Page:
Venezuela has been in political turmoil over the past few months, with the opposition holding widespread anti-government protests, blaming Maduro for an ailing economy, hyperinflation, power cuts, and shortages of basic items, presstv.ir reported.
Opposition figure Juan Guaido declared himself Venezuela’s “interim president” on January 23, deepening the crisis. Washington took the lead in recognizing the 35-year-old opposition figure’s claim, followed by the US’s major European allies, including France, Germany, and Britain.
Maduro has repeatedly blamed Venezuela’s woes on US intervention and accused Washington of attempting a coup as well as sabotage against his government.
During the past week, recurring power outages have occurred. The Maduro government has accused Washington of being behind the outages by conducting “electromagnetic” attacks on Venezuela’s hydroelectric dams.
On Wednesday, China offered to step in.
“China hopes that Venezuela can quickly find the cause of this accident and restore normal power and social order,” said China’s Foreign Ministry Spokesman Lu Kang at a regular briefing. “China is willing to offer assistance and technical support to Venezuela to restore the power system.”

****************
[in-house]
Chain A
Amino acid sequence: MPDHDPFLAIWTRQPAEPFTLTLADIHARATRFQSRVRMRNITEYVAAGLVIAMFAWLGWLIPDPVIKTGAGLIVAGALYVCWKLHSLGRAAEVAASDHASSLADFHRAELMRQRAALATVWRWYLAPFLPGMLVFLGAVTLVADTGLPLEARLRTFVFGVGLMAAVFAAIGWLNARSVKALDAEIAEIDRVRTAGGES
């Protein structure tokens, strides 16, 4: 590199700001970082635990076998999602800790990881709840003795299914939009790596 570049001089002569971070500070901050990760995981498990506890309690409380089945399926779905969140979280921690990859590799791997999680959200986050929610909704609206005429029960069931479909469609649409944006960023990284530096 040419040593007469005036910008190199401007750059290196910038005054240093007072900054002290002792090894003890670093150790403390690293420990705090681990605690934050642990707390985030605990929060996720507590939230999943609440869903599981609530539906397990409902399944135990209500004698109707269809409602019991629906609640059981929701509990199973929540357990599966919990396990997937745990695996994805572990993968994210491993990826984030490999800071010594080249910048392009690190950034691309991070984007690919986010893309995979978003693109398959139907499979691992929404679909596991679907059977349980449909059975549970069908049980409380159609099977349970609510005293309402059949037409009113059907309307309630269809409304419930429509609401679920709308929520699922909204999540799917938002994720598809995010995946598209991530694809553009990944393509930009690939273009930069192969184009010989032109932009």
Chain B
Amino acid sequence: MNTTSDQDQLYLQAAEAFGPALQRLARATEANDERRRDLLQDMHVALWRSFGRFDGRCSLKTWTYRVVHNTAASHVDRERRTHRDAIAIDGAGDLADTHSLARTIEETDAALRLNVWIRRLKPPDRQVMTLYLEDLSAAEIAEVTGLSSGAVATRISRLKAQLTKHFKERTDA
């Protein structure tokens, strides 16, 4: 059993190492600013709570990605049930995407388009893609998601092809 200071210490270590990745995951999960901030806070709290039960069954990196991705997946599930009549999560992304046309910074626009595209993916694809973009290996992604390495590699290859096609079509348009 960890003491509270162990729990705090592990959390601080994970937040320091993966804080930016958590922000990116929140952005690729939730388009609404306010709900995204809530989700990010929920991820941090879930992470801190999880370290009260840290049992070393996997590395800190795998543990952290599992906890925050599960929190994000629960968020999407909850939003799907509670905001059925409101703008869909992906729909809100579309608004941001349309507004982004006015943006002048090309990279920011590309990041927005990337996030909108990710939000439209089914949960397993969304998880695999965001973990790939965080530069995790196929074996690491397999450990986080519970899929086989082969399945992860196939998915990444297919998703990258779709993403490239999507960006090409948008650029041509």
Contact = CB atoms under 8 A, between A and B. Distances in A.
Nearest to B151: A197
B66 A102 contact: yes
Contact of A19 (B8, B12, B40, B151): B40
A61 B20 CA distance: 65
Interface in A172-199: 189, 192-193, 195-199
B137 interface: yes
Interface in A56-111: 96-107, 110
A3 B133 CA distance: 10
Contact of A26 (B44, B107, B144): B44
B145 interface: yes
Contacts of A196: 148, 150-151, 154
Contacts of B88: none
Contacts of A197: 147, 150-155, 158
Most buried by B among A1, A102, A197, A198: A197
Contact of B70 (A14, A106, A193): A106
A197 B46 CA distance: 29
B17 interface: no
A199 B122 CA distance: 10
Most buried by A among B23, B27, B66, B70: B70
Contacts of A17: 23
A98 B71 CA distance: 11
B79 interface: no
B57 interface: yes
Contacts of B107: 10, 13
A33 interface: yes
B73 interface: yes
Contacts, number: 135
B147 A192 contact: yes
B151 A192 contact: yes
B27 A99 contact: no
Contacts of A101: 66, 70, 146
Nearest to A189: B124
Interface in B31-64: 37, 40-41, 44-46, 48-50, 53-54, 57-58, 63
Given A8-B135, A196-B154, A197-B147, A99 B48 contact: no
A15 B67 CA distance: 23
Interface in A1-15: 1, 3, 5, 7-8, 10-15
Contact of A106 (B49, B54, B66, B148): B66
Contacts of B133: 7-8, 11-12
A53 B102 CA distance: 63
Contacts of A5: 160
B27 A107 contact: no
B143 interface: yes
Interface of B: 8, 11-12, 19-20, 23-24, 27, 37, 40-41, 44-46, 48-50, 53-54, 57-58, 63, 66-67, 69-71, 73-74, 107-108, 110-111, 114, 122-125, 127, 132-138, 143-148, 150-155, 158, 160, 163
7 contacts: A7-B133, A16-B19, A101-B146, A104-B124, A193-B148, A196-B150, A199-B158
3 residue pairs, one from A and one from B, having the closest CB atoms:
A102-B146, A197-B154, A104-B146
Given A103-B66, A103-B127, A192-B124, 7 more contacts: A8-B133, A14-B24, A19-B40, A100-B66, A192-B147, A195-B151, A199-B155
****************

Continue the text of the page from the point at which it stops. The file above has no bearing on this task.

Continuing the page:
The government has managed to partially restore electricity services in the country, putting an end to a five-day blackout across the country, but the supply has been intermittent and often drops out.
Maduro has already called for support from allies, including Russia and China as well as the United Nations (UN), in investigating the “US cyber attack” he claims was responsible for the blackout.
Elsewhere in his comments, Lu said that Beijing was “very concerned” about reports of a cyber attack, but declined to directly blame Washington. “This I’m afraid can only be clarified and explained by the party accused by President Maduro.”
Businesses and schools have been shut down on the president’s orders since the blackout began.